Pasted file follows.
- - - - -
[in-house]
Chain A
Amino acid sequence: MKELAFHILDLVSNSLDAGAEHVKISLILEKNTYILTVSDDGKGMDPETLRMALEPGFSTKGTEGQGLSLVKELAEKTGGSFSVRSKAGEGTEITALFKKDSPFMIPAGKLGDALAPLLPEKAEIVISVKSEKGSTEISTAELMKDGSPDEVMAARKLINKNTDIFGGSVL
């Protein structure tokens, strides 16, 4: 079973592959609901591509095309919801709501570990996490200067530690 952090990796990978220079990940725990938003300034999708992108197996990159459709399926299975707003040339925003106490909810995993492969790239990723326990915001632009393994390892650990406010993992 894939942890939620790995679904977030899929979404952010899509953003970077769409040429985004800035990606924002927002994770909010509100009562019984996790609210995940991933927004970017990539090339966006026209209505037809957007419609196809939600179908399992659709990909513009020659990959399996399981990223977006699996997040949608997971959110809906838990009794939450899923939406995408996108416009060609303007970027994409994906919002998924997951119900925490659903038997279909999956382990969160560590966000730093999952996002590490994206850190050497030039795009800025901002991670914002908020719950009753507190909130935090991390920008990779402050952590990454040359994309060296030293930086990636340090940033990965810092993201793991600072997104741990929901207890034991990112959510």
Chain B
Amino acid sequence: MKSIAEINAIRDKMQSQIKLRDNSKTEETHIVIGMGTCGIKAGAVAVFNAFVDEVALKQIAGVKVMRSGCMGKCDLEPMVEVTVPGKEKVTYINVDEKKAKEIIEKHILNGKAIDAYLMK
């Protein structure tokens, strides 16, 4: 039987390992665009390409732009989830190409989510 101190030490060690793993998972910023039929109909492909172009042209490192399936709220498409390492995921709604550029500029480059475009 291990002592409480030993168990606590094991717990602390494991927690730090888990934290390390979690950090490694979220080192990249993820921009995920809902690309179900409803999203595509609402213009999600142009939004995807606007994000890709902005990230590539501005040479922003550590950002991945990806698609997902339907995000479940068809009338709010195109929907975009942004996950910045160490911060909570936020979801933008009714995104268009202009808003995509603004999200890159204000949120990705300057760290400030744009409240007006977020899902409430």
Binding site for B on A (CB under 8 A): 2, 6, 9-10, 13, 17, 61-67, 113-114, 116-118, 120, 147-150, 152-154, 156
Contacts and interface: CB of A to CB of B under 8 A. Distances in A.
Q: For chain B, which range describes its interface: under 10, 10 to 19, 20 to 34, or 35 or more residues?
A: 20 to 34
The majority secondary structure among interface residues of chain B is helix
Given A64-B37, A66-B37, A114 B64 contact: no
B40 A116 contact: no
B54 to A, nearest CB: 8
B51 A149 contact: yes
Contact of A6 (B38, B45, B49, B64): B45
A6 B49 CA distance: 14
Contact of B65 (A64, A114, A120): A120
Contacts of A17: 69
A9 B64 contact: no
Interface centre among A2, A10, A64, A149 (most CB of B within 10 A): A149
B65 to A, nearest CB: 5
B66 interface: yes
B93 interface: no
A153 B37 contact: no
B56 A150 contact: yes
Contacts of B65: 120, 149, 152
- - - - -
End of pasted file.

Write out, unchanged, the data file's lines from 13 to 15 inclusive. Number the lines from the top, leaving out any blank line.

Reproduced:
Given A64-B37, A66-B37, A114 B64 contact: no
B40 A116 contact: no
B54 to A, nearest CB: 8